It’s thought that hundreds of years ago, people used stories to explain oddities or strange happenings.  Often these stories involved gods or goddesses, or unfamiliar (some maybe real?) creatures to explain such things. The Selkies have their own descendants in this way.  In the Outer Hebrides, there is a clan who claims they come from a line of Selkies due to the hereditary webbing of skin between their fingers (the condition is called Syndactyly) (www.conollycove.com, www.cinncinatichildrens.org).    I think that’s a pretty logical explanation for a child born with scaly-like skin (like psoriasis) or for the webbed digits—we must come from these revered creatures of legend.  See?  Here’s our proof!  

What do you think?  Would you rather meet up with a mermaid or a Selkie for afternoon tea?  Go up to the top of the article, click the grey Comments, and let me know!

Selkie by Julia Ruprecht. Find more of her artwork @julruprecht on Instagram

Book Recommendations

Tangled Tides by Karen Amanda Hooper

The Little Selkie by K. M. Shea

An Echo of the Fae by Jenelle Leanne Schmidt

Fathom by Merrie Destefano. (Fathom is going on sale for .99 this week!!!)

Creative Writing Prompts

The sun feels glorious on my skin as I shiver in the light breeze that flits off the ocean.  I peel the rest of my seal skin from my legs, reveling at my toes that wiggle into the rough sand.

“Your mother must never touch the skins kept in this trunk.  Do you understand?”  I nodded my wee eyes, terrified at the vehemence in my father’s voice as he locked the cedar trunk.

I stared at the webbing between my fingers proudly.  It proved I was kin to a Selkie.

Contains some slightly mature content

Mermaids

Water is mysterious.  Water is life-giving.  Water is deadly.  Water is home to merfolk.

Mermaids have taken many faces over the centuries.  Some accounts say they are beautiful women that occasionally come on land and marry human men (more on Selkies next week!).  Others have mermaids as omens of bad luck and bringers of destruction (we’ll visit Sirens later this summer).  Disney says they’re rebellious teenagers with phenomenal pipes.  So, where do the legends come from?

“Mermaid” by Tamsin Bridge ©
Follow her @mnemosynes.dream on Instagram or find more of her artwork here.

Stories of half-fish, half-human people have abounded in cultural stories for thousands of years. Even the Bible has a merman!  The god of the Philistines, Dagon, was man on top, and all fish on the bottom (www.biblegateway.com).  Merfolk appear in other ancient cultures as gods or goddesses like Ea, the Chaldean god of the sea, or the Greek Triton, the son of Poseidon (www.britanica.com).  England and Iceland have their fair share of mermaids tales as well.  It’s believed that early settlements near water, possibly where the tails of large fish could be seen breaking the surface of the water now and then, may account for some of the mermaid tales that have circulated (www.realmermaids.net).  It has also been suggested that sightings of dugongs or manatees—mammals that nurse their young, and that from afar, have a (notably plump) humanoid shape, could have been mistaken for these mythical maidens (www.britanica.com).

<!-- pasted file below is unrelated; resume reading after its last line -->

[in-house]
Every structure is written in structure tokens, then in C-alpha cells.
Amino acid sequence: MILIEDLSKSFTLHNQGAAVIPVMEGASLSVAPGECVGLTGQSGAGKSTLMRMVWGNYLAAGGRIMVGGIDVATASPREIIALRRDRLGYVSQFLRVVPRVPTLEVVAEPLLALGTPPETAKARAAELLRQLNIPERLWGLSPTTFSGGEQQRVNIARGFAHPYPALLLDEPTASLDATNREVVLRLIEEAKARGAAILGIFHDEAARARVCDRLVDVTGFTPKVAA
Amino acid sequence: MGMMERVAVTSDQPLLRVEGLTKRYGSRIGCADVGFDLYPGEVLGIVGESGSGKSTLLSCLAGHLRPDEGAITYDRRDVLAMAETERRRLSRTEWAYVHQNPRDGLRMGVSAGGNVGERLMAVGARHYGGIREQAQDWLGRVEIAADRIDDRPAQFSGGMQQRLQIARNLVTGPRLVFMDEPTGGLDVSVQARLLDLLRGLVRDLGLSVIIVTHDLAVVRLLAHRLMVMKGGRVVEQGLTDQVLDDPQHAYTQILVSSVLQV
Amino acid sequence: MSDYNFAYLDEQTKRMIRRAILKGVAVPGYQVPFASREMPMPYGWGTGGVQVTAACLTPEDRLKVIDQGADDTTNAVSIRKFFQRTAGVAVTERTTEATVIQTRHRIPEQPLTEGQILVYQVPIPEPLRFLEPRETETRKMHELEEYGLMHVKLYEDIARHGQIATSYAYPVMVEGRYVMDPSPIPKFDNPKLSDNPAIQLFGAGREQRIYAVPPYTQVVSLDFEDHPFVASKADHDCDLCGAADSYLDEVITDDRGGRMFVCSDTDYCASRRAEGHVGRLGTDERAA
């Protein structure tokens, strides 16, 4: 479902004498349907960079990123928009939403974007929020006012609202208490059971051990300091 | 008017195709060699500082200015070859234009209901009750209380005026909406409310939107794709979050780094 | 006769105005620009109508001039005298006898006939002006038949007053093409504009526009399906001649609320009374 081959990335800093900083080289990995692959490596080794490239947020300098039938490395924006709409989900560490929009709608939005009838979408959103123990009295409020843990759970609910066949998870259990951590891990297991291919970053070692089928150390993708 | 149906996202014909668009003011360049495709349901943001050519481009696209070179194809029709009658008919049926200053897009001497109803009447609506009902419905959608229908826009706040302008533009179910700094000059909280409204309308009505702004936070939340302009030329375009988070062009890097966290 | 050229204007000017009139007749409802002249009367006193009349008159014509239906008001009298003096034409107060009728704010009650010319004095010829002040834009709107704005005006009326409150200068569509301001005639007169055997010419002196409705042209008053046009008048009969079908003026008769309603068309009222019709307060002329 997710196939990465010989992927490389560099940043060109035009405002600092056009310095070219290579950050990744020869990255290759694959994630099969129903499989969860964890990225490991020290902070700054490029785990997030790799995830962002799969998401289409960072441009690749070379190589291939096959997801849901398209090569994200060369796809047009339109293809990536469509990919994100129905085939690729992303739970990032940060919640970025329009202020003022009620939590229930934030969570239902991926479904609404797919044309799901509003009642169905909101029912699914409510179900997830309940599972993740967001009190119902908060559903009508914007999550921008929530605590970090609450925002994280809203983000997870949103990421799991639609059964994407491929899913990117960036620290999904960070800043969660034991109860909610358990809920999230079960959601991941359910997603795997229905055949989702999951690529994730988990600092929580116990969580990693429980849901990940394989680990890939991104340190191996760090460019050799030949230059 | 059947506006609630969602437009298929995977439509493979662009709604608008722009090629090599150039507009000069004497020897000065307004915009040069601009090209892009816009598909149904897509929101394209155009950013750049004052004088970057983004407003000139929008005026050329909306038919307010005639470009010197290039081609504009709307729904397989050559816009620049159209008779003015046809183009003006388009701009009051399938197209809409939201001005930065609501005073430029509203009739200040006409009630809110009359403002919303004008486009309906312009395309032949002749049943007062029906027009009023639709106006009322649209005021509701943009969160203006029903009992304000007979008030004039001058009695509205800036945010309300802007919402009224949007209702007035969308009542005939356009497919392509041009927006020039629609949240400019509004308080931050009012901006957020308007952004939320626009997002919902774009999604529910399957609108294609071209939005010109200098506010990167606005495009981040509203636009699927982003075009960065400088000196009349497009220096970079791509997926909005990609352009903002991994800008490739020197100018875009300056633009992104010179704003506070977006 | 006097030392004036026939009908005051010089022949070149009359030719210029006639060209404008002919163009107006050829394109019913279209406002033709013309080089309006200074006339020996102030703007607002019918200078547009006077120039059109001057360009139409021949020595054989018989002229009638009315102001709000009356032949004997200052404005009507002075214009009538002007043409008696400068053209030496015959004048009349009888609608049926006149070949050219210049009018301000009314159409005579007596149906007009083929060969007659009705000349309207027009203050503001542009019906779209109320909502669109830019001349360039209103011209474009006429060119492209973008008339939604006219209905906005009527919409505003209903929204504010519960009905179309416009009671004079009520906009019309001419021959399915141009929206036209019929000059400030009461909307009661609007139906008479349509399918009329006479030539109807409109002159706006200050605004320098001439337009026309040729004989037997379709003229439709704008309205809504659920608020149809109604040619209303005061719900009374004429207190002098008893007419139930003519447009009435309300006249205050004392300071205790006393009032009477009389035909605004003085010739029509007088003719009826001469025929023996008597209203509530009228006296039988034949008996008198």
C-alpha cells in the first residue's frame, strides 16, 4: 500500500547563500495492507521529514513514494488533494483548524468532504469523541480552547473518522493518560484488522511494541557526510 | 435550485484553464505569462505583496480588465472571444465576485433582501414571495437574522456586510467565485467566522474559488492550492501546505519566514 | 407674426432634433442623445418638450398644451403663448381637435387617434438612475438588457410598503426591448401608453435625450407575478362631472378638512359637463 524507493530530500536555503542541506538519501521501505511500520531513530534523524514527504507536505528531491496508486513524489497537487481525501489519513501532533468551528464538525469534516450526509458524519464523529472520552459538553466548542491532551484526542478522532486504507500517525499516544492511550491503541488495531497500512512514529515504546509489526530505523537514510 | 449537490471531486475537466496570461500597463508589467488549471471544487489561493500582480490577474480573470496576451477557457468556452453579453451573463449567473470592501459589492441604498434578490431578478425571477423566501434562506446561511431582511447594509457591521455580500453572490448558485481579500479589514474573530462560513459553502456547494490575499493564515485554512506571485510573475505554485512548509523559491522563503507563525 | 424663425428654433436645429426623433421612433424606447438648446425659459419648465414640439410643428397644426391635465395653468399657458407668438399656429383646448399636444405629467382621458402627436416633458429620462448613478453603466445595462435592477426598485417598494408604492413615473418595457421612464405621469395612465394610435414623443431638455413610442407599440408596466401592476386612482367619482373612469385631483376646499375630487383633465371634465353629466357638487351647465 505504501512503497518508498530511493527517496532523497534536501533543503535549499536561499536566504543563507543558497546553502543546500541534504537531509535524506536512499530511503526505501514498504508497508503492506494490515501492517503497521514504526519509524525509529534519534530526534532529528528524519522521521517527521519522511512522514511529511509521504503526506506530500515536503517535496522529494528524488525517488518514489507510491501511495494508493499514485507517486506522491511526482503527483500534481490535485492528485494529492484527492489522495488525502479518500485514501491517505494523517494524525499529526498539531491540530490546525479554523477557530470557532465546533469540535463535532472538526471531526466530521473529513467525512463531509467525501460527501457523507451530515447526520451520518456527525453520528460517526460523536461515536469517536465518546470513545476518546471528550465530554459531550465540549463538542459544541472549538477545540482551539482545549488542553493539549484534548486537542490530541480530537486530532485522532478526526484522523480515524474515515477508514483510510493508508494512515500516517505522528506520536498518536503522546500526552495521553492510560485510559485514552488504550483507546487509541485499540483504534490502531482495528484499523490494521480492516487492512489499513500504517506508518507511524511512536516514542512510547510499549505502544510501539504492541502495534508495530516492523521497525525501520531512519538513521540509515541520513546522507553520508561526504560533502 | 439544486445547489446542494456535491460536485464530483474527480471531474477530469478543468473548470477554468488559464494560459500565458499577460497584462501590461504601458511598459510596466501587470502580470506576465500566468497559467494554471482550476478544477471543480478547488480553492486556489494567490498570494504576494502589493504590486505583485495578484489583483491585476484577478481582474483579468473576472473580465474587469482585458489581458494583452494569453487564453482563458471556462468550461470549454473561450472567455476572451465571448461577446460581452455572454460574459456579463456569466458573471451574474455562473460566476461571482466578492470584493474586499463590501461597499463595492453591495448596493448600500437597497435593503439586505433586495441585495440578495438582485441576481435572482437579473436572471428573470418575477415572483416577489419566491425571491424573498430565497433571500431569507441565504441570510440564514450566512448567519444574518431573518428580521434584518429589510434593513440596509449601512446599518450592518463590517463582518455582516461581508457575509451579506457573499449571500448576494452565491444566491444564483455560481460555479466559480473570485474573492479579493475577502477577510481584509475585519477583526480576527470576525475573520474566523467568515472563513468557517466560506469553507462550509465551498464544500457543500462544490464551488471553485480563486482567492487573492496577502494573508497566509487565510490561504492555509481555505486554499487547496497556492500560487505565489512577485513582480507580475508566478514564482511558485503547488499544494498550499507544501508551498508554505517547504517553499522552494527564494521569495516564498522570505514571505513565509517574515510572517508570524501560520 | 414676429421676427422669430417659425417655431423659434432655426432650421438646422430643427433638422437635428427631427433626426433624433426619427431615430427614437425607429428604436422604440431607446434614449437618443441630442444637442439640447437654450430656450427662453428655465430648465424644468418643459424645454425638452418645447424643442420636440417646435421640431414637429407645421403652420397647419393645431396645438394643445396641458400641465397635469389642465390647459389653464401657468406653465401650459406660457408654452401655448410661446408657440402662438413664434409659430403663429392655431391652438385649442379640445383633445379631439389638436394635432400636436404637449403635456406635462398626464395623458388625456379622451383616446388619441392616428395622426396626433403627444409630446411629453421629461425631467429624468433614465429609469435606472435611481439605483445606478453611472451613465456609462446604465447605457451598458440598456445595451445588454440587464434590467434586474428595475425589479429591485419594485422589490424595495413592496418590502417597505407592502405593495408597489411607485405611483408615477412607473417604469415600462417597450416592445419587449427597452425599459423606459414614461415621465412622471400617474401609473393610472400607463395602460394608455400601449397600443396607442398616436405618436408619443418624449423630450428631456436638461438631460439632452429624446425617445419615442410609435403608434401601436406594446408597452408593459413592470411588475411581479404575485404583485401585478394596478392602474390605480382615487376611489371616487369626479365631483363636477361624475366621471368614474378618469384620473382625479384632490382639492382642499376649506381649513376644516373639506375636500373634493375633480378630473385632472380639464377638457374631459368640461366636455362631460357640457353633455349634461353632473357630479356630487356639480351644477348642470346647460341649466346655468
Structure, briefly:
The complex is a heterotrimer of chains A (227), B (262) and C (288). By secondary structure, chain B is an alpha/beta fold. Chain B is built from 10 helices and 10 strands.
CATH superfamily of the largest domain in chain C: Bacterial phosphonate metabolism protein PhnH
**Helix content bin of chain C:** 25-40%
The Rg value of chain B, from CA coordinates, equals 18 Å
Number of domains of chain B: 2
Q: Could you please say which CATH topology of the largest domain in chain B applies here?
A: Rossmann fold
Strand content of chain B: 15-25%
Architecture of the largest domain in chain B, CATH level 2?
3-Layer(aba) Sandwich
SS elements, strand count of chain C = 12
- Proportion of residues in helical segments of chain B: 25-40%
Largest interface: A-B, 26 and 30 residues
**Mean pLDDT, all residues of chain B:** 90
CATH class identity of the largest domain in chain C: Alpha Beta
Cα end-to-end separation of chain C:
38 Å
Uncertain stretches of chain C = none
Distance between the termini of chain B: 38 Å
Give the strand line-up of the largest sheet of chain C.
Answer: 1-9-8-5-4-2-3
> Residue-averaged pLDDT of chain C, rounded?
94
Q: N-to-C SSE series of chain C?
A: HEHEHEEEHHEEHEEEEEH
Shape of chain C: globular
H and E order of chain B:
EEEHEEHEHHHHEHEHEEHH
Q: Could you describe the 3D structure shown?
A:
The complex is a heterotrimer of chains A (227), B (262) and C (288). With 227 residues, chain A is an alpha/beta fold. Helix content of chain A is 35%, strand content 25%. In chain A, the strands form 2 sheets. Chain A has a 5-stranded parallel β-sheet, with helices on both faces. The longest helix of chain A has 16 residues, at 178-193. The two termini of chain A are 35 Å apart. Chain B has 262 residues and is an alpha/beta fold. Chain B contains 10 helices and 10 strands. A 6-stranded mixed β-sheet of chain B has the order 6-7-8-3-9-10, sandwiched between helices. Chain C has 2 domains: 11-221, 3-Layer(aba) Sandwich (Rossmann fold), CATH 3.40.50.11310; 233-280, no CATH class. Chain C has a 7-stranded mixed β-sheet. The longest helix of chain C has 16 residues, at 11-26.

Statue of Triton
Photo credits to @warriorphotographer

As most early civilizations formed near water, it’s only natural that there would be legends that sprung up from their surrounding environment.  It seems that most of these “Mer” deities were male to begin with, only later veering into more female counterparts, starting with Astargatis, an Assyrian goddess.  Astargatis reportedly killed her human lover (www.legendsandmyths.net) and then escaped to the sea.  Only in her vanity, refused to give up all her beauty, and kept the upper half of her body human.  Greeks later took Astargatis and made her Aphrodite (www.realmermaids.net).  Interesting!  But what is even more fascinating is the mapping of these stories.  Nearly every ancient culture in the Mesopotamia area has stories of merfolk.  It does make one think…

Statue of Dagon, the Philistine god

Mermaids became wildly popular with the (rather grim!) story of “The Little Mermaid” by Hans Christian Andersen in 1837.  Though it was changed significantly by Disney to give us Ariel and her singing backup (sha-la-la-la….), it became an enduring part of modern culture and brought about a resurgence of mermaids.  

Even more prevalent in today’s culture, though perhaps less realized, is the logo that graces every Starbucks cup (www.northernstar-online.com).  This is the representation of Melusina—a girl cursed by her mother and betrayed by her husband and fated to remain a lonely woman with two fish tails (sometimes serpent tails) for the rest of her near-immortal life (www.pitt.edu).  Kind of a downer mascot for a pick-me-up drink?

Why do you think we’ve remained so fascinated with mermaids?  Go up to the top of the article, click the grey “comments” and let me know!

Book Recommendations

“The Little Mermaid” by Hans Christian Andersen

Everblue by Brenda Pandos

Seaweed by Lee Strauss

Creative Writing Prompts

“I see it!  Look!  It splashed again!” I swore it was a mermaid.  The very thing we’d been searching for the past four months.